Mike Merrill sells himself

A graph showing how the price of Merrill's stocks have changed over time.

by Sophie Streiff

The stock market is a world of ups and downs. Many things are invested into stocks, like time, effort, and money. On January 26, 2008, Mike Merrill, a customer service representative in Portland, Oregon, chose to allow people to invest in stocks of himself.

At first, 100,000 shares of himself were offered to the public for 1 dollar each. In just 10 days 929 stocks were bought. Even though Merrill still held a very large part of himself, Merrill decided that those who had purchased the stocks would be able to control what he did with his life.

From decisions such as going to the gym or getting a vasectomy, the stockholders had control. Yet as 128 more people added onto the original twelve friends and acquaintances, Merrill soon learned that not everyone was looking out for his well-being in the long run. Some of the stockholders could push for decisions to be made that were not advisable, like changing his sleep schedule so Merrill no longer slept through the night. The ideas could seem amusing at the time, but in the end they could hurt Merrill.

People with large shares have more push and pull to decisions than others. For example, if there are several people with five hundred shares, each, among a large group where most people have one or two shares, those with the five hundred could potentially control everything that Merrill did. Those with fewer votes could have a say, but not one that really impacted the final decision.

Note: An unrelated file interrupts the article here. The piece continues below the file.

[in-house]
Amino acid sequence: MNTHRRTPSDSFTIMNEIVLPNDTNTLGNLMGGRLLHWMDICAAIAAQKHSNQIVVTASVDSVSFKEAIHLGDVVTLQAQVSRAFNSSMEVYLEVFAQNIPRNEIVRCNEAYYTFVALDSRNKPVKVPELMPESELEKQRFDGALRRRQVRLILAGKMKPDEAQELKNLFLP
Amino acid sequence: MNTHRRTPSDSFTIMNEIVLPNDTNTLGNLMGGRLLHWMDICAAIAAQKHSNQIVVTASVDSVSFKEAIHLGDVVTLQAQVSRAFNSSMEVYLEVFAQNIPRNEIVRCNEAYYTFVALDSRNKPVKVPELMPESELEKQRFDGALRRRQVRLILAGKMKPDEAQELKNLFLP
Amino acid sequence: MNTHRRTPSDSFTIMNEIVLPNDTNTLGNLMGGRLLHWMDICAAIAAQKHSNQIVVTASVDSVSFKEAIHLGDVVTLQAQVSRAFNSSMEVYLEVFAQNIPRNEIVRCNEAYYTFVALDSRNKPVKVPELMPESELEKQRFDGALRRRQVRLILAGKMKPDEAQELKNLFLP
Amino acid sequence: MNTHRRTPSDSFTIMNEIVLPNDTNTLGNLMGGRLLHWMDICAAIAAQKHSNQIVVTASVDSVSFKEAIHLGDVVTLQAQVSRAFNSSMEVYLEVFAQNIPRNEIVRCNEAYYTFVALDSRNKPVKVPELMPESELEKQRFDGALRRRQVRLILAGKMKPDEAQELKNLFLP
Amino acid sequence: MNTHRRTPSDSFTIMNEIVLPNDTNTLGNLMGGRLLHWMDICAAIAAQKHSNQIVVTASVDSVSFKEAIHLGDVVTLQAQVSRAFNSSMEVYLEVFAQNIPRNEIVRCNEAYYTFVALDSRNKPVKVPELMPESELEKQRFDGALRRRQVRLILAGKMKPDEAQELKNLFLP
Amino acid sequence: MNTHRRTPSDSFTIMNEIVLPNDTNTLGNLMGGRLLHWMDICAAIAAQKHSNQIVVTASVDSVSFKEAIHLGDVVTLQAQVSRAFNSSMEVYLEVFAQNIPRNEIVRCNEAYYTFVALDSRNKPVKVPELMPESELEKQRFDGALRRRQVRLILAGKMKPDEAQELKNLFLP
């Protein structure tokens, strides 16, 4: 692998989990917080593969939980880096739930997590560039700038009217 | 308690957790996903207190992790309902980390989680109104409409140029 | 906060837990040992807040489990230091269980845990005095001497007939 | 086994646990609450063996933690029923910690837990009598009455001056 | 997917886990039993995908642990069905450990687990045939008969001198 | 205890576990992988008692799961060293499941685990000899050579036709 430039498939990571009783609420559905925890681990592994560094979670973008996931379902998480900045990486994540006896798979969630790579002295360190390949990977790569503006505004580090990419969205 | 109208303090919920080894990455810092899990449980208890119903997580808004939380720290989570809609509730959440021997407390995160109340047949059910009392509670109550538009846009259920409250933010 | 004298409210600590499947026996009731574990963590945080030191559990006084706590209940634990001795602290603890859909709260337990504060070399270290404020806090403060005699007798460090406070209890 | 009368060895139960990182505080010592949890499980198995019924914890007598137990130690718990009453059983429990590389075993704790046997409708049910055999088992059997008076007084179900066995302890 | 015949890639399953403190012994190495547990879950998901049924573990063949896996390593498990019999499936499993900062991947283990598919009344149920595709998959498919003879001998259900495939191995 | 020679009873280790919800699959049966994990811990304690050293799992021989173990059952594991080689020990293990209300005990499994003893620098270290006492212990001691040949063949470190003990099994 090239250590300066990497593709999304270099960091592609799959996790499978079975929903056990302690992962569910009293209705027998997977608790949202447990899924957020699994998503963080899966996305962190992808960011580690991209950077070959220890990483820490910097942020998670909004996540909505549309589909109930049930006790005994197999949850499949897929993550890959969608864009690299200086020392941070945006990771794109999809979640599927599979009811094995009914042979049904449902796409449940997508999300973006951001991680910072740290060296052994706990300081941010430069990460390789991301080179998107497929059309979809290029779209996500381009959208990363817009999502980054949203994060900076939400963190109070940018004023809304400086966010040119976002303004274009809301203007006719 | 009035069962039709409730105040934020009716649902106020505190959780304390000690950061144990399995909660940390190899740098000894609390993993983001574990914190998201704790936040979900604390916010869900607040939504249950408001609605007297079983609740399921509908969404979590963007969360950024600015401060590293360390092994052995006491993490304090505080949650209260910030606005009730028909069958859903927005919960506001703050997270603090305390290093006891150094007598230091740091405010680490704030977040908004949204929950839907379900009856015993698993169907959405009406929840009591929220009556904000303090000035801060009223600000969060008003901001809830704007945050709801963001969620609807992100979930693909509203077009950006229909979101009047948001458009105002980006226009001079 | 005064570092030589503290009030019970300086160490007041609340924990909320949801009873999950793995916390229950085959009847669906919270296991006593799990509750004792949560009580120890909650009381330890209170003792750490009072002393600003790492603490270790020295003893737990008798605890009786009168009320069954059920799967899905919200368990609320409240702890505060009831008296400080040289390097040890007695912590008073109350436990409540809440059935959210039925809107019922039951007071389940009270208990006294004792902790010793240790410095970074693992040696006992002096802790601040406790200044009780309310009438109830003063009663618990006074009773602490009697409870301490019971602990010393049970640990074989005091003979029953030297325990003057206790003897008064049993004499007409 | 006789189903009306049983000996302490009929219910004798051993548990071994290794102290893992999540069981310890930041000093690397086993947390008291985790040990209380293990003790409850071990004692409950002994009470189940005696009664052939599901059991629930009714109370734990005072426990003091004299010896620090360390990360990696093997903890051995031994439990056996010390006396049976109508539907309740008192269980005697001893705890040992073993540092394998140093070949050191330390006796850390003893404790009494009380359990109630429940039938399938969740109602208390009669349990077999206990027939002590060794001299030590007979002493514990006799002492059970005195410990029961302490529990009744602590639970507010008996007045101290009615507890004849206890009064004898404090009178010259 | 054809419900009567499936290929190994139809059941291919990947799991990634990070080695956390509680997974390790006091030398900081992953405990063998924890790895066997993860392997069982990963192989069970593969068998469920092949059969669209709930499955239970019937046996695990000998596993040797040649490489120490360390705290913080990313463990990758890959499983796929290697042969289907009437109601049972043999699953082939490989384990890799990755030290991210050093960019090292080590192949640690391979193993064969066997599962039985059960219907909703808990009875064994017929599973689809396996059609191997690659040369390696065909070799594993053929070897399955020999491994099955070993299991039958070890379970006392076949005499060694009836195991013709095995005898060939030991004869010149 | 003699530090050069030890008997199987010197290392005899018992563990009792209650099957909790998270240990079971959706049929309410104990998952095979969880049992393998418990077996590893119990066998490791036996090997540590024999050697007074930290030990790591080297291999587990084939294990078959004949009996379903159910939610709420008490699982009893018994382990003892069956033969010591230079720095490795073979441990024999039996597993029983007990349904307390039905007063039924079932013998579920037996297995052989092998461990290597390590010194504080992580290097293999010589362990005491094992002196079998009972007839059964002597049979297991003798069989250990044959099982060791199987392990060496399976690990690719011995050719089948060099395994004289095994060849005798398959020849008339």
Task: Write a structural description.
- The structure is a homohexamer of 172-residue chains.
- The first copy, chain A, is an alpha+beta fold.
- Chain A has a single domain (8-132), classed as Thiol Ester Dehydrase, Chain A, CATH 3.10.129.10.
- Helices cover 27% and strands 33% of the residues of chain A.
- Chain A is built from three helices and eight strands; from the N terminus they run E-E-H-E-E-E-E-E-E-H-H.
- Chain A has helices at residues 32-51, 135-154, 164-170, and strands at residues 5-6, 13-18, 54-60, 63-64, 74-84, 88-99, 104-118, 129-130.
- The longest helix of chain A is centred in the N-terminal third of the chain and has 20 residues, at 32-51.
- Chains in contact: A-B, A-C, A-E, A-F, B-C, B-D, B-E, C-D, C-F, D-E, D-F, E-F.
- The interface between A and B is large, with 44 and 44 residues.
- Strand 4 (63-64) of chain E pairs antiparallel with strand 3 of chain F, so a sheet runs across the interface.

Merrill created a website to help the shareholders and those that are interested in what he was doing. There, people can buy more shares, trade shares, vote on actions that Merrill undertakes, and look at the stock history.

With the polls that Merrill posts, people can see the kind of decisions that the shareholders have to make. Yet in the end, the decisions can be both beneficial to Merrill and the shareholders even if the end decision is a personal decision.

“I figured they’d make good decisions for me, since they had money on the line and wanted to see their investment appreciate,” said Merrill.

After Merrill and his ex-girlfriend Marijke Dixon ended their relationship, Merrill posted a poll on his website asking the shareholders if he should sign a Mutual Release and Non-Disparagement Agreement, as well as if they would buy out Dixon’s shares. Even with five days left on the poll, it quickly jumped up to “yes,” and Dixon’s shares were purchased as well.

In all, Merrill still has his stocks going well and people thoroughly enjoy making his decisions. It does not seem like Merrill and his shareholders are going away anytime soon.

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